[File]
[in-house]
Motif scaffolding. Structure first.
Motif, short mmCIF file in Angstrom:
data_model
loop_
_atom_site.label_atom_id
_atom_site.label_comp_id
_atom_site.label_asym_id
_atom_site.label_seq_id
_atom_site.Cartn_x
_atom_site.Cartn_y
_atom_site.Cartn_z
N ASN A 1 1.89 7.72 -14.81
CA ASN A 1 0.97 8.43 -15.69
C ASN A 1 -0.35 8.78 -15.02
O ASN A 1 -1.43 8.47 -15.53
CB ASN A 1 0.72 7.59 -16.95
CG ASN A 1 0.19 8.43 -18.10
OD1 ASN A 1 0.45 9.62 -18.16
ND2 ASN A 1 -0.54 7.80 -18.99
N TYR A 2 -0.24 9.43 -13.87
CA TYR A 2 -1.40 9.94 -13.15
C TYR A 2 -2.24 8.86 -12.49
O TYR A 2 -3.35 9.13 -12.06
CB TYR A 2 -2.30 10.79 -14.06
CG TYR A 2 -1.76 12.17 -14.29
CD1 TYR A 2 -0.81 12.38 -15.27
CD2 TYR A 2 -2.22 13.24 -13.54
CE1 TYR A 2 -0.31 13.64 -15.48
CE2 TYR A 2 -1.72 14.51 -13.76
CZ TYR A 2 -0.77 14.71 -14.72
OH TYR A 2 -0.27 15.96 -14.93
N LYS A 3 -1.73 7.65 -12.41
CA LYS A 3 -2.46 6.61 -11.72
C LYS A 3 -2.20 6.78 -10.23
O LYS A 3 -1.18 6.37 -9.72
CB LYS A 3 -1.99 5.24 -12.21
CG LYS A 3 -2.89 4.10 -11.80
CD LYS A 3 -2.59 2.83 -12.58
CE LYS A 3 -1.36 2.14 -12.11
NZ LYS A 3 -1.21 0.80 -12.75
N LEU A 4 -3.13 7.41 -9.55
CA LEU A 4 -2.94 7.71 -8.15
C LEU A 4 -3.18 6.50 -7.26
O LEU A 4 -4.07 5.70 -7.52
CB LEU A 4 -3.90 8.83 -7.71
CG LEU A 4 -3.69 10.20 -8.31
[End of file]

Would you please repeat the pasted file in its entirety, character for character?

[in-house]
Motif scaffolding. Structure first.
Motif, short mmCIF file in Angstrom:
data_model
loop_
_atom_site.label_atom_id
_atom_site.label_comp_id
_atom_site.label_asym_id
_atom_site.label_seq_id
_atom_site.Cartn_x
_atom_site.Cartn_y
_atom_site.Cartn_z
N ASN A 1 1.89 7.72 -14.81
CA ASN A 1 0.97 8.43 -15.69
C ASN A 1 -0.35 8.78 -15.02
O ASN A 1 -1.43 8.47 -15.53
CB ASN A 1 0.72 7.59 -16.95
CG ASN A 1 0.19 8.43 -18.10
OD1 ASN A 1 0.45 9.62 -18.16
ND2 ASN A 1 -0.54 7.80 -18.99
N TYR A 2 -0.24 9.43 -13.87
CA TYR A 2 -1.40 9.94 -13.15
C TYR A 2 -2.24 8.86 -12.49
O TYR A 2 -3.35 9.13 -12.06
CB TYR A 2 -2.30 10.79 -14.06
CG TYR A 2 -1.76 12.17 -14.29
CD1 TYR A 2 -0.81 12.38 -15.27
CD2 TYR A 2 -2.22 13.24 -13.54
CE1 TYR A 2 -0.31 13.64 -15.48
CE2 TYR A 2 -1.72 14.51 -13.76
CZ TYR A 2 -0.77 14.71 -14.72
OH TYR A 2 -0.27 15.96 -14.93
N LYS A 3 -1.73 7.65 -12.41
CA LYS A 3 -2.46 6.61 -11.72
C LYS A 3 -2.20 6.78 -10.23
O LYS A 3 -1.18 6.37 -9.72
CB LYS A 3 -1.99 5.24 -12.21
CG LYS A 3 -2.89 4.10 -11.80
CD LYS A 3 -2.59 2.83 -12.58
CE LYS A 3 -1.36 2.14 -12.11
NZ LYS A 3 -1.21 0.80 -12.75
N LEU A 4 -3.13 7.41 -9.55
CA LEU A 4 -2.94 7.71 -8.15
C LEU A 4 -3.18 6.50 -7.26
O LEU A 4 -4.07 5.70 -7.52
CB LEU A 4 -3.90 8.83 -7.71
CG LEU A 4 -3.69 10.20 -8.31